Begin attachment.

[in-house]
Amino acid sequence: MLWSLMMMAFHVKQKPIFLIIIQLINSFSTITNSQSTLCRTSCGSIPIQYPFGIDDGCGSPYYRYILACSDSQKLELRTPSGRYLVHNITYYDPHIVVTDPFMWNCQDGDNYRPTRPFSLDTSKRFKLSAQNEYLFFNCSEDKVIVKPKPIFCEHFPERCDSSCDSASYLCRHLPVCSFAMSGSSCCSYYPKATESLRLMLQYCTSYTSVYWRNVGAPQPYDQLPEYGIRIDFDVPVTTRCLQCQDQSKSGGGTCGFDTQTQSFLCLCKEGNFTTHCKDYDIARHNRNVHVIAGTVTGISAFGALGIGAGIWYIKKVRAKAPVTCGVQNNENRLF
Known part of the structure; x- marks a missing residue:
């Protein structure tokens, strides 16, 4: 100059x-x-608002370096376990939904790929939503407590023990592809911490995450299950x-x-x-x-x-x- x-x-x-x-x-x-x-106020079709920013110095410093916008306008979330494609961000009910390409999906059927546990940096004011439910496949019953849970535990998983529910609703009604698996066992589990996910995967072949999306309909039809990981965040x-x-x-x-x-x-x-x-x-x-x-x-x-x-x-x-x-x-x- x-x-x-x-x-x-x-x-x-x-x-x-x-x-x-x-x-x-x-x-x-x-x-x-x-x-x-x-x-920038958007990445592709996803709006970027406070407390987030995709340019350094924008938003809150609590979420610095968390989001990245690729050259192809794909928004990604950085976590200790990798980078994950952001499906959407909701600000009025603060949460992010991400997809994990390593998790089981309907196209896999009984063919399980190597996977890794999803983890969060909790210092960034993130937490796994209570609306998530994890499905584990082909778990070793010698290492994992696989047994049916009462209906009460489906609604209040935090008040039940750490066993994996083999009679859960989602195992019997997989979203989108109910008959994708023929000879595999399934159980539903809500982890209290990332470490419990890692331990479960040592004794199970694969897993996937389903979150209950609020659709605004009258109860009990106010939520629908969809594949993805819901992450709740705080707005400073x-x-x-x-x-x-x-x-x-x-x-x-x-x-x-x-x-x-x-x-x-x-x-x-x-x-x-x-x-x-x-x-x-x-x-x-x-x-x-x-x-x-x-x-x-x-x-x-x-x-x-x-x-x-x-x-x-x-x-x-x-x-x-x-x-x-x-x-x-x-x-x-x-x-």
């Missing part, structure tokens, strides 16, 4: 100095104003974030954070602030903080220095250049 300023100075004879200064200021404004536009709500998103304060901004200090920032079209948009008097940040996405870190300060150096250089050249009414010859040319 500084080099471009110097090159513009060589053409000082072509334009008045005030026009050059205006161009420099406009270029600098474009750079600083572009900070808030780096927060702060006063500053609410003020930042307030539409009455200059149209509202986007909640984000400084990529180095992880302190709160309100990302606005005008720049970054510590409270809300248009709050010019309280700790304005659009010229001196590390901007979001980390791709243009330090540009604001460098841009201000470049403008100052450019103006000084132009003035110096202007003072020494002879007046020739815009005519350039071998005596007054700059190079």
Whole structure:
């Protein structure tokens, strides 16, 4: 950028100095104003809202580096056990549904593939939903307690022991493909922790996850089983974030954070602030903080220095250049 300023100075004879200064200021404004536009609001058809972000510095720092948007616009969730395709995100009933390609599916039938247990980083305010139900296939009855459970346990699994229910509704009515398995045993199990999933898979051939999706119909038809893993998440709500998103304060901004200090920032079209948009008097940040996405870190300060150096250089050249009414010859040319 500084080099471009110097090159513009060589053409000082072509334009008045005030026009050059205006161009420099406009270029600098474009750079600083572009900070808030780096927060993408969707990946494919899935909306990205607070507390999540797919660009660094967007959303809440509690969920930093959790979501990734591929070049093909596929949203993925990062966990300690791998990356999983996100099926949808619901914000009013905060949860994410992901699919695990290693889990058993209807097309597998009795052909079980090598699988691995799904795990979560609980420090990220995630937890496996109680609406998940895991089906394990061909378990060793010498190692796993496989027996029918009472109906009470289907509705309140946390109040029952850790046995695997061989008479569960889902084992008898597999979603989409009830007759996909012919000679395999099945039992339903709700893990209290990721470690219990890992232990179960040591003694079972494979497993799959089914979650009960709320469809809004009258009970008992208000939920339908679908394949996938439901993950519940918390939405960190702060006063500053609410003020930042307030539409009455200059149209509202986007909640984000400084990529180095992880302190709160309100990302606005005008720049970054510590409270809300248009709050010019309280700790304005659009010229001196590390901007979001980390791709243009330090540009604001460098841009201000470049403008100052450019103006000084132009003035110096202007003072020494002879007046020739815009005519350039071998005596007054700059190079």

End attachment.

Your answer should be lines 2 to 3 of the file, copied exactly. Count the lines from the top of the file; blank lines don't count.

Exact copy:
Amino acid sequence: MLWSLMMMAFHVKQKPIFLIIIQLINSFSTITNSQSTLCRTSCGSIPIQYPFGIDDGCGSPYYRYILACSDSQKLELRTPSGRYLVHNITYYDPHIVVTDPFMWNCQDGDNYRPTRPFSLDTSKRFKLSAQNEYLFFNCSEDKVIVKPKPIFCEHFPERCDSSCDSASYLCRHLPVCSFAMSGSSCCSYYPKATESLRLMLQYCTSYTSVYWRNVGAPQPYDQLPEYGIRIDFDVPVTTRCLQCQDQSKSGGGTCGFDTQTQSFLCLCKEGNFTTHCKDYDIARHNRNVHVIAGTVTGISAFGALGIGAGIWYIKKVRAKAPVTCGVQNNENRLF
Known part of the structure; x- marks a missing residue: